Weather-day cancellations
As a teacher or school board employee, you are likely familiar with school cancellation procedures. If not though, or you haven’t read them recently, it’s probably time to pull out the policies and procedures manual and find out what the “M.O.” is in the face of a sky-high heat index or bone-rattling wind chill advisory.Weather is dynamic and unpredictable; traits that are at once thrilling and inconvenient. From severe thunderstorms to winter weather advisories, it’s important to stay ahead of the watches and warnings when inclement weather conditions threaten school attendance. Here are some tips and tricks to add to your cancellation communications arsenal.

Relaying the unexpected
Most school districts factor a handful of cancellations into their yearly schedules. Weather-related cancellations are heavily contingent on where you live, and how severely weather affects your schools day-to-day activities. What if you have a real emergency? Would you be ready for one? Specifically, would you be ready to communicate the event to your students, parents, teachers and staff?

School-day cancellations are not emergencies, but preparation for them can also help you streamline your emergency communications plan. In your exploration of advanced communication methods for weather-day cancellations, it’s critical to explore both on- and offline mediums with capabilities that bleed into emergency communication. However, the options you explore will depend on the size of your school or district. For example, if you are part of an urban school district with tens of thousands of students and many more parents and staff to inform, you’ll likely need to budget and plan for more communication channels.

Direct and indirect lines of communication
In addition to the traditional mediums of radio and television announcements, here are a few more ideas to ensure that everyone knows what to expect when the unexpected happens.

  • Plan with your planners. Organize a meeting with the committee responsible for day-to-day and annual scheduling. Revisit the topic and the question of when, on a day of bad weather, the decision should be made.
  • Partner with local agencies. Contact local law enforcement authorities like the city or regional police so that when the roads become slick or the unthinkable happens at your school, you’ve got a plan in place to communicate with others to make the best decision for your students.
  • And media outlets. Chances are you’re already in-like-Flynn with local television and radio stations. To ensure that students, parents and staff know where to tune in when the snow starts falling, display the listing of relevant stations on your website, but also on a sizeable banner or table tents to be displayed during school activities that draw the masses.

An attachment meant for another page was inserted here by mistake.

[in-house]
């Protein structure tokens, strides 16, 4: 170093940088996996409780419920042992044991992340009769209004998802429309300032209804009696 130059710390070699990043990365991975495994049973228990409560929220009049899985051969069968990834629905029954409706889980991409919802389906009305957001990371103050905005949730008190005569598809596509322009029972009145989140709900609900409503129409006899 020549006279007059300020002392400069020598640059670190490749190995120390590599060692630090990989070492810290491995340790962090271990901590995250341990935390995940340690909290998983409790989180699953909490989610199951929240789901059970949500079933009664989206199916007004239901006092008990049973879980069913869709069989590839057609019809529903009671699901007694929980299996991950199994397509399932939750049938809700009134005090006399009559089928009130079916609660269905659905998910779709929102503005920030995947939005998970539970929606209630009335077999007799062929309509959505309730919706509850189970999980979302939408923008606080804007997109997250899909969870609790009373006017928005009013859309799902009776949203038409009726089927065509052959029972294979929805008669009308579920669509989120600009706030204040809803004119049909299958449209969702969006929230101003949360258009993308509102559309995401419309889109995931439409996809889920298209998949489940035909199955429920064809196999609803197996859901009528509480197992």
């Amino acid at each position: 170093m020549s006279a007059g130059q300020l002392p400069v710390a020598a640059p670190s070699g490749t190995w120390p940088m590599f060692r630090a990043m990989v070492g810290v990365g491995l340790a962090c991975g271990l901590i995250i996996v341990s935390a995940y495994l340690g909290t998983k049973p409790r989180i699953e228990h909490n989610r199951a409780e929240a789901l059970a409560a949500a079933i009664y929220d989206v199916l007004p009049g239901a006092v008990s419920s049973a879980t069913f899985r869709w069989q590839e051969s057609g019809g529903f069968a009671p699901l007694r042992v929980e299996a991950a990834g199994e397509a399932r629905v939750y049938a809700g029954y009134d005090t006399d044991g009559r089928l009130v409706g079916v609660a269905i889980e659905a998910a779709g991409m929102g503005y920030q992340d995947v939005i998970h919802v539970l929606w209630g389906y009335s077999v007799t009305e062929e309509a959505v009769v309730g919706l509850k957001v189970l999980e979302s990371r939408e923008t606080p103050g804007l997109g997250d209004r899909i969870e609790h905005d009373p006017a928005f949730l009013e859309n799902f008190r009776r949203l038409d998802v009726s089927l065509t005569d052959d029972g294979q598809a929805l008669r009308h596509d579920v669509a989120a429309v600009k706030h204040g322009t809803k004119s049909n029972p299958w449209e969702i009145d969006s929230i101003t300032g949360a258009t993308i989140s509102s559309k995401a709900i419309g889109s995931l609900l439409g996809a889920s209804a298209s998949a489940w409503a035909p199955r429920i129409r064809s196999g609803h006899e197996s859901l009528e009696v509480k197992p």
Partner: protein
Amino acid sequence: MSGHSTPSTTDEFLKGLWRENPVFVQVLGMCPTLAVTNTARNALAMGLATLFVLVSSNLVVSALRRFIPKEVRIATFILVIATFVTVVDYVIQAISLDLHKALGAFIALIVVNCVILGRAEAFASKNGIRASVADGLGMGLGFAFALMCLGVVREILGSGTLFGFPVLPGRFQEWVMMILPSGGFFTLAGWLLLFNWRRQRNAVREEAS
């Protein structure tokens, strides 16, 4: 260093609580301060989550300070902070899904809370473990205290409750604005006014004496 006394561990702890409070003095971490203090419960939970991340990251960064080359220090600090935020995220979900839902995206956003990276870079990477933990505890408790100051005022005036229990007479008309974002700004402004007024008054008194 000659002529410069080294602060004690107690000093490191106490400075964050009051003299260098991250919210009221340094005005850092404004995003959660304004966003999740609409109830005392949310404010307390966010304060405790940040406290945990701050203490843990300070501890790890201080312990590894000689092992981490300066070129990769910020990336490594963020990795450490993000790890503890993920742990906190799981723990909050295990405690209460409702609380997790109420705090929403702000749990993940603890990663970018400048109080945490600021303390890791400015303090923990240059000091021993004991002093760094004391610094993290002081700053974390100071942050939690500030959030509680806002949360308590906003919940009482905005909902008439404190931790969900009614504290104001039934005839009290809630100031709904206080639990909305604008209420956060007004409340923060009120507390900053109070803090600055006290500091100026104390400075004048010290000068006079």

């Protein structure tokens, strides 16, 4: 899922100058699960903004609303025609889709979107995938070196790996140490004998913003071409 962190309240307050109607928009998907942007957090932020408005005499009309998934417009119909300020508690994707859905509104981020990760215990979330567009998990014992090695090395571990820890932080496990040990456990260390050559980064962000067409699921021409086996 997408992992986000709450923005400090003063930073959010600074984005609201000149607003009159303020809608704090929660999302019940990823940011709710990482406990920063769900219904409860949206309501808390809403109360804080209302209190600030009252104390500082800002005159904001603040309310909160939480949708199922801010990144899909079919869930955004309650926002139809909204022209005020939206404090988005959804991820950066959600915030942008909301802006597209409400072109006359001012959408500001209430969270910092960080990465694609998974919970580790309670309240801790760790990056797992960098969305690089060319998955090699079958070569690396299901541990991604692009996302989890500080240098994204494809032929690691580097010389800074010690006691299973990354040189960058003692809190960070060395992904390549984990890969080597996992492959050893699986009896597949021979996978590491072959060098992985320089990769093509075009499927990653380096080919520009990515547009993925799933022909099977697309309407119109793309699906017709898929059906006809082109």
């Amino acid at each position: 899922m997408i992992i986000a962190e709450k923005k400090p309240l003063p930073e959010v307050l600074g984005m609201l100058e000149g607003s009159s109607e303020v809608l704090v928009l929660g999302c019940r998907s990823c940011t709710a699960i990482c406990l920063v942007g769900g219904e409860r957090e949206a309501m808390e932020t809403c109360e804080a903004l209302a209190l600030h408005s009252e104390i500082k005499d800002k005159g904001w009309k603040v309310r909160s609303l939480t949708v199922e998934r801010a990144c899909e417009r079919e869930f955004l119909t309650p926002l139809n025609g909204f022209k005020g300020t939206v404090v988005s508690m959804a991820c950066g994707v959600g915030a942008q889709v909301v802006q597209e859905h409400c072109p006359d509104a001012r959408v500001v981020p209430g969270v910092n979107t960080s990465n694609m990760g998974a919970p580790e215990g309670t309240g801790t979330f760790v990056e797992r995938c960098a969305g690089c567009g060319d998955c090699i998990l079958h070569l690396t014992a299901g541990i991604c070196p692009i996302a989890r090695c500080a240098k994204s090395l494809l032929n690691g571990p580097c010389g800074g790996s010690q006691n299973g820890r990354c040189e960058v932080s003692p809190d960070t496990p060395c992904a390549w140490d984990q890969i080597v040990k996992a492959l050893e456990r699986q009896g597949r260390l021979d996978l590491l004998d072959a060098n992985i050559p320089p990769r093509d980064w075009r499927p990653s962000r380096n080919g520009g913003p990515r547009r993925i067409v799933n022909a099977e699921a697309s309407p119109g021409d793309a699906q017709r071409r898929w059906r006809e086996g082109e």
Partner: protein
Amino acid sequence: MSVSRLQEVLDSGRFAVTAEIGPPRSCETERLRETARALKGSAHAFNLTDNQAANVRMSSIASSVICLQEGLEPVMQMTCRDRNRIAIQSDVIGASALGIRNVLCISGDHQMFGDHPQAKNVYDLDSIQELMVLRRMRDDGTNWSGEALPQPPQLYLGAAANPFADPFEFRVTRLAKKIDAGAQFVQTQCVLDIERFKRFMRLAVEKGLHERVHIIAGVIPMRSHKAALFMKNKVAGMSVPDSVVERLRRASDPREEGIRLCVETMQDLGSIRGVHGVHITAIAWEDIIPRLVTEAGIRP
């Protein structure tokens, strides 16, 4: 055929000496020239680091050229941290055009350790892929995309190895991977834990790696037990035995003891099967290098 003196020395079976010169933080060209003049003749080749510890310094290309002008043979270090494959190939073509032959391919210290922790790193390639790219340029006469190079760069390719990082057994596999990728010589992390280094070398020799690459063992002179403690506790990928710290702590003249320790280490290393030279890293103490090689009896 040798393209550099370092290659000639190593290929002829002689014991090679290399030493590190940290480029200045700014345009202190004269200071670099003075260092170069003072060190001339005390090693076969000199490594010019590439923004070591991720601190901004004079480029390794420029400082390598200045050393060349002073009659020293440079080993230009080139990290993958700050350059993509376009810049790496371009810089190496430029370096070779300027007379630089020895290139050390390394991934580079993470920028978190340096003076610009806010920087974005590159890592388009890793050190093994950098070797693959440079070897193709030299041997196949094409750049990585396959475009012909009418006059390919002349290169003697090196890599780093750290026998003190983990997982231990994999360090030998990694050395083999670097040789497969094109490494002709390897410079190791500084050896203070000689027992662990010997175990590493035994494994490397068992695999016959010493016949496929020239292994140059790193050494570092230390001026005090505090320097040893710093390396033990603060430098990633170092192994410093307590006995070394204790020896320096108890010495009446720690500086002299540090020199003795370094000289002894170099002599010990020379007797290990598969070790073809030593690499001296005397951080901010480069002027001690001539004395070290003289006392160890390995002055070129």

• Update your Web presence. Use your amazing school and district-wide websites to communicate urgent news with parents, students and staff alike. But have you integrated social media as well? Facebook® and Twitter® are examples of two very useful communicative platforms that your students (and their parents) most likely frequent already. Connect with them so that they’ll receive the 411 as an automatic update to their newsfeed. If you’re just getting into social media, create a buzz by integrating social media buttons into your website, then use Registration Day to distribute reminder magnets or Post-its® with your school and/or district handles to your staff and students.
  • Use Registration Day to collect contact information. If you plan on utilizing a central messaging system to email and/or text your audience cancellation-related information, set up a computer to collect e-mail addresses and telephone numbers. Draw attention to the computer and the reason parents need to stop by and drop in their information with a tabletop display or retractable banner detailing the Web service you now offer.
  • Have a weather day hotline. Set up a common phone number staff and students can call to find out the latest be it snow, storms or otherwise. Include the number on a post card in an informational packet you send out to students and families before the school year begins. Publish just the hotline on the card or use it to share the whole gamut of resources in your weather/emergency cancellation communications toolbox!

Howsoever you do it, know that you’ve got an array of digital, electronic and traditional mediums through which to communicate your plan of action on a bad-weather day so everyone stays in the know.


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